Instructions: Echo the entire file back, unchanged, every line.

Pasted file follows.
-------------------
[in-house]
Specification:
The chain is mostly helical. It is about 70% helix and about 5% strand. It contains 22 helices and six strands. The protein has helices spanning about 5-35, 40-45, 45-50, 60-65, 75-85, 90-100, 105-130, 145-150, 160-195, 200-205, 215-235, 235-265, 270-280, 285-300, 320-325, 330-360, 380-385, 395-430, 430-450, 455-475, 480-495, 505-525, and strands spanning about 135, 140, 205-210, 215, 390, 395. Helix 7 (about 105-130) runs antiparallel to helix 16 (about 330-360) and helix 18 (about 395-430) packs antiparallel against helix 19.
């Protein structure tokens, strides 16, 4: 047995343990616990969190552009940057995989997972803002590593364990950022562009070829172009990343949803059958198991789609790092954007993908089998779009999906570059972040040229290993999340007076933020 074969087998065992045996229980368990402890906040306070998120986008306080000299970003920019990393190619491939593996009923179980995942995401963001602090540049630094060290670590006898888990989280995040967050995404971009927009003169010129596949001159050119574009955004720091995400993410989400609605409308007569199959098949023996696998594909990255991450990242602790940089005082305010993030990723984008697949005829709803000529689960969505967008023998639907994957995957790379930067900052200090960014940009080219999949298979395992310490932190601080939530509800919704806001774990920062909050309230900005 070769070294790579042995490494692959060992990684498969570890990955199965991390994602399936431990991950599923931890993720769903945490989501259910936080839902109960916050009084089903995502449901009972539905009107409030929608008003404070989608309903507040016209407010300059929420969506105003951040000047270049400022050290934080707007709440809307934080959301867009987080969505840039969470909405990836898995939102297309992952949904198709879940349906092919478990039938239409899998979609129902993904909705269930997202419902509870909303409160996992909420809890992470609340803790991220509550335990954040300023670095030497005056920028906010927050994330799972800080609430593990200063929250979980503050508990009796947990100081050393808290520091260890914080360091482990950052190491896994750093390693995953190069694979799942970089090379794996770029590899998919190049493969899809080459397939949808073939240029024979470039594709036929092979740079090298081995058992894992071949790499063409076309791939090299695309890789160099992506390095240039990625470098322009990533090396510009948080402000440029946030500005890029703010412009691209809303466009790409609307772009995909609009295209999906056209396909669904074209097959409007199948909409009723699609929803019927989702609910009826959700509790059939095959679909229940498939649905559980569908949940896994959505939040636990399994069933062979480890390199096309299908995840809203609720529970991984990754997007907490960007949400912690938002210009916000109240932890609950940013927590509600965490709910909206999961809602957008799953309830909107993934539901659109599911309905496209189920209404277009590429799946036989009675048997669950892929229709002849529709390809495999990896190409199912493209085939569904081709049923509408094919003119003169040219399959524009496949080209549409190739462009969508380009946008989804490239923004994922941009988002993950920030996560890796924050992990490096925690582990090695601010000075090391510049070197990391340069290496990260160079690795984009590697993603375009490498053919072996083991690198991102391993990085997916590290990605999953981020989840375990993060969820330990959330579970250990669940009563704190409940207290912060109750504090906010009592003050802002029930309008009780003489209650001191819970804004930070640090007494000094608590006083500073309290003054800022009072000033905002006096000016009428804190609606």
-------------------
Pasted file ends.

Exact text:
[in-house]
Specification:
The chain is mostly helical. It is about 70% helix and about 5% strand. It contains 22 helices and six strands. The protein has helices spanning about 5-35, 40-45, 45-50, 60-65, 75-85, 90-100, 105-130, 145-150, 160-195, 200-205, 215-235, 235-265, 270-280, 285-300, 320-325, 330-360, 380-385, 395-430, 430-450, 455-475, 480-495, 505-525, and strands spanning about 135, 140, 205-210, 215, 390, 395. Helix 7 (about 105-130) runs antiparallel to helix 16 (about 330-360) and helix 18 (about 395-430) packs antiparallel against helix 19.
């Protein structure tokens, strides 16, 4: 047995343990616990969190552009940057995989997972803002590593364990950022562009070829172009990343949803059958198991789609790092954007993908089998779009999906570059972040040229290993999340007076933020 074969087998065992045996229980368990402890906040306070998120986008306080000299970003920019990393190619491939593996009923179980995942995401963001602090540049630094060290670590006898888990989280995040967050995404971009927009003169010129596949001159050119574009955004720091995400993410989400609605409308007569199959098949023996696998594909990255991450990242602790940089005082305010993030990723984008697949005829709803000529689960969505967008023998639907994957995957790379930067900052200090960014940009080219999949298979395992310490932190601080939530509800919704806001774990920062909050309230900005 070769070294790579042995490494692959060992990684498969570890990955199965991390994602399936431990991950599923931890993720769903945490989501259910936080839902109960916050009084089903995502449901009972539905009107409030929608008003404070989608309903507040016209407010300059929420969506105003951040000047270049400022050290934080707007709440809307934080959301867009987080969505840039969470909405990836898995939102297309992952949904198709879940349906092919478990039938239409899998979609129902993904909705269930997202419902509870909303409160996992909420809890992470609340803790991220509550335990954040300023670095030497005056920028906010927050994330799972800080609430593990200063929250979980503050508990009796947990100081050393808290520091260890914080360091482990950052190491896994750093390693995953190069694979799942970089090379794996770029590899998919190049493969899809080459397939949808073939240029024979470039594709036929092979740079090298081995058992894992071949790499063409076309791939090299695309890789160099992506390095240039990625470098322009990533090396510009948080402000440029946030500005890029703010412009691209809303466009790409609307772009995909609009295209999906056209396909669904074209097959409007199948909409009723699609929803019927989702609910009826959700509790059939095959679909229940498939649905559980569908949940896994959505939040636990399994069933062979480890390199096309299908995840809203609720529970991984990754997007907490960007949400912690938002210009916000109240932890609950940013927590509600965490709910909206999961809602957008799953309830909107993934539901659109599911309905496209189920209404277009590429799946036989009675048997669950892929229709002849529709390809495999990896190409199912493209085939569904081709049923509408094919003119003169040219399959524009496949080209549409190739462009969508380009946008989804490239923004994922941009988002993950920030996560890796924050992990490096925690582990090695601010000075090391510049070197990391340069290496990260160079690795984009590697993603375009490498053919072996083991690198991102391993990085997916590290990605999953981020989840375990993060969820330990959330579970250990669940009563704190409940207290912060109750504090906010009592003050802002029930309008009780003489209650001191819970804004930070640090007494000094608590006083500073309290003054800022009072000033905002006096000016009428804190609606």